I recently penned an introductory article on LINQ (Language-Integrated Query) for the September issue of the DevelopMents newsletter, published by DevelopMentor to highlight various technologies taught in our courses:
In addition, I authored the LINQ module (both slides and lab) for our upcoming Guerilla .Net course taking place Nov 12-16 in Tampa, Florida.
LINQ is an exciting technology that will truly alter the way you write code. It incorporates enhancements made to the C# and VB.Net programming languages, and at the same time will cause you to approach age-old problems from a new perspective. For example, instead of whipping out a for loop to extract specific items from a collection, after learning LINQ you’ll most likely use a query expression, the primary benefit of which is to make your intent as a developer more evident. This follows a trend we’re seeing from an imperative style of code (concerned with the “how”) toward a more declarative style of code (concerned primarily with the “what”).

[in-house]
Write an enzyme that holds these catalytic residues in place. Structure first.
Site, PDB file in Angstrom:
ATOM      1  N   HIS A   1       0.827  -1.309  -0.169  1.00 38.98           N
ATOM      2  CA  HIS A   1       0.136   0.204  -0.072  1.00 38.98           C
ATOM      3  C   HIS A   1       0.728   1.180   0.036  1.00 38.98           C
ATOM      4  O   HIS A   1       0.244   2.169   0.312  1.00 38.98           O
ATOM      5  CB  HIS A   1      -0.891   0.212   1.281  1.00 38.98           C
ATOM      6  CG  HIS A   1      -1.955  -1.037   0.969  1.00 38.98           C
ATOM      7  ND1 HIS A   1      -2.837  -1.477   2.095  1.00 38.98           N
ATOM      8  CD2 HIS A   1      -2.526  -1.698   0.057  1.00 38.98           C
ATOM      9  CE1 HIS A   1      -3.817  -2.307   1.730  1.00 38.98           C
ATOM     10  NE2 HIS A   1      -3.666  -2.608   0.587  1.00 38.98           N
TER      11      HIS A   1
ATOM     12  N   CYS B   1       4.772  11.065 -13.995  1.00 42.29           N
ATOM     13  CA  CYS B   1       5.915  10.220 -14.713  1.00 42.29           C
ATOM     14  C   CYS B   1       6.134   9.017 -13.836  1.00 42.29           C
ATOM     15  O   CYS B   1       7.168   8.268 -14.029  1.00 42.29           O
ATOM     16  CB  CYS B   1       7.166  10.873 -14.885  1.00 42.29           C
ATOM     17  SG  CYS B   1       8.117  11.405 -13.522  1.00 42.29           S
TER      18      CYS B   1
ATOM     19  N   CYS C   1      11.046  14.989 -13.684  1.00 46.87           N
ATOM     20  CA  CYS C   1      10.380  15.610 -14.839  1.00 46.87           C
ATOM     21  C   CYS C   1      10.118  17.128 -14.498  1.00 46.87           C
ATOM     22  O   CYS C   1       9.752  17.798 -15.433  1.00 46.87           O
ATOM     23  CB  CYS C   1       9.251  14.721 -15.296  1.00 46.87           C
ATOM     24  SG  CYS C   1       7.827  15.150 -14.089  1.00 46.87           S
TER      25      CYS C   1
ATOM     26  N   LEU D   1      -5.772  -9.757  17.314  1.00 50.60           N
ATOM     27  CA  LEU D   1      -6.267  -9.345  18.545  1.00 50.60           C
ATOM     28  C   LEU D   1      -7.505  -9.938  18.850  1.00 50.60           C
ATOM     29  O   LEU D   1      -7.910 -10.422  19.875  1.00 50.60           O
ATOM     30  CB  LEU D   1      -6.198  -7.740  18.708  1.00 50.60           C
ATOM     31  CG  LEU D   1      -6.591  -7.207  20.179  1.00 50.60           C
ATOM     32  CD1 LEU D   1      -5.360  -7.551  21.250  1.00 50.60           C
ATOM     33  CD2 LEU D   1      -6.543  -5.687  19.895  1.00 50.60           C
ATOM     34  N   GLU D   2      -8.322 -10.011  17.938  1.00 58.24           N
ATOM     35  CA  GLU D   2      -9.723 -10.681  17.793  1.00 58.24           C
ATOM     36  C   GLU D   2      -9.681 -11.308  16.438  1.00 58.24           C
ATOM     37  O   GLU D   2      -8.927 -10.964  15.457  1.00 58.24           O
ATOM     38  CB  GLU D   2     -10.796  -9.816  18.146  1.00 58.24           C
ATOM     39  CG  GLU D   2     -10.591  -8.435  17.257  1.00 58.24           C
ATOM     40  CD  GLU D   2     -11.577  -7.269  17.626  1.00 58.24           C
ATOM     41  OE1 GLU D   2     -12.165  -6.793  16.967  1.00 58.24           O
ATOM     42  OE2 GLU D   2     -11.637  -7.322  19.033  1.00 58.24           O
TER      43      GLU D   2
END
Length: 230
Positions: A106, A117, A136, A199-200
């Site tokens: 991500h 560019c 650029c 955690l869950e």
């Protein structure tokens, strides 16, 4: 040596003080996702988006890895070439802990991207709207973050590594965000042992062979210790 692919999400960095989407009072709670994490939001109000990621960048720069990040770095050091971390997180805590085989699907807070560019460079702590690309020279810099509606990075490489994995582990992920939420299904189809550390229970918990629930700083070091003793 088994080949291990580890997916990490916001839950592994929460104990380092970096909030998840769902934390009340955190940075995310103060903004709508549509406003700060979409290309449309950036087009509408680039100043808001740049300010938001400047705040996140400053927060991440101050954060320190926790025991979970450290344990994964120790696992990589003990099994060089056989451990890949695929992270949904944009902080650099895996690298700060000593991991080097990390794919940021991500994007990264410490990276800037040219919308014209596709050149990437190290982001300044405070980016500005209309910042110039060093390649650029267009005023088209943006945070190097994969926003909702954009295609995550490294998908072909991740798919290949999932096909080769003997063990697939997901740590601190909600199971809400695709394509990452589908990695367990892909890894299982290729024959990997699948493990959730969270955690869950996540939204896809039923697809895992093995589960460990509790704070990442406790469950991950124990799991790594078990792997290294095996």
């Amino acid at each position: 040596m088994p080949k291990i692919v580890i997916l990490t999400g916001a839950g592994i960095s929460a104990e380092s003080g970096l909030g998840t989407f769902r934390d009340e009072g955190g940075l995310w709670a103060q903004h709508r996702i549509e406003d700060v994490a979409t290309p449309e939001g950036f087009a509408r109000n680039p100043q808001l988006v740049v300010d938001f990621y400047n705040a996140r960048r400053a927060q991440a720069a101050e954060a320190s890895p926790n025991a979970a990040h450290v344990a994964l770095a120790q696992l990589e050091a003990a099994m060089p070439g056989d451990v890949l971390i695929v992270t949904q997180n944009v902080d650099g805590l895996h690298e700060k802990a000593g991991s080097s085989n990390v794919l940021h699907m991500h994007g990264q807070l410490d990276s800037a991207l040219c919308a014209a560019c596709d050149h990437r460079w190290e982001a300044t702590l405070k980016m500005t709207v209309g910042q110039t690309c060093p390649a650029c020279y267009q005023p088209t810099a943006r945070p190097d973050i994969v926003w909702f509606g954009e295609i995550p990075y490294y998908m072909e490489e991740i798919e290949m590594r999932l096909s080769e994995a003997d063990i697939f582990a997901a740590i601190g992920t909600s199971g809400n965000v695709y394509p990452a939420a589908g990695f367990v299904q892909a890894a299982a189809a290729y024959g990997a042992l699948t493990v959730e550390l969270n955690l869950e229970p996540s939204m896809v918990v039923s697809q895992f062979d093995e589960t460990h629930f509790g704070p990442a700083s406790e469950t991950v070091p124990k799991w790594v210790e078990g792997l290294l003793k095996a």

In addition to a shift in programming models with the ability to query in-memory object collections, the first release of LINQ comes with an object-relational mapper (called LINQ to SQL) and an XML query language (called LINQ to XML). I address both of these in the DevelopMents article mentioned at the start of this post. So take a look, and feel free to send me your feedback or questions: firstname.lastname@example.org. ou also might want to check out the LINQ Project home page: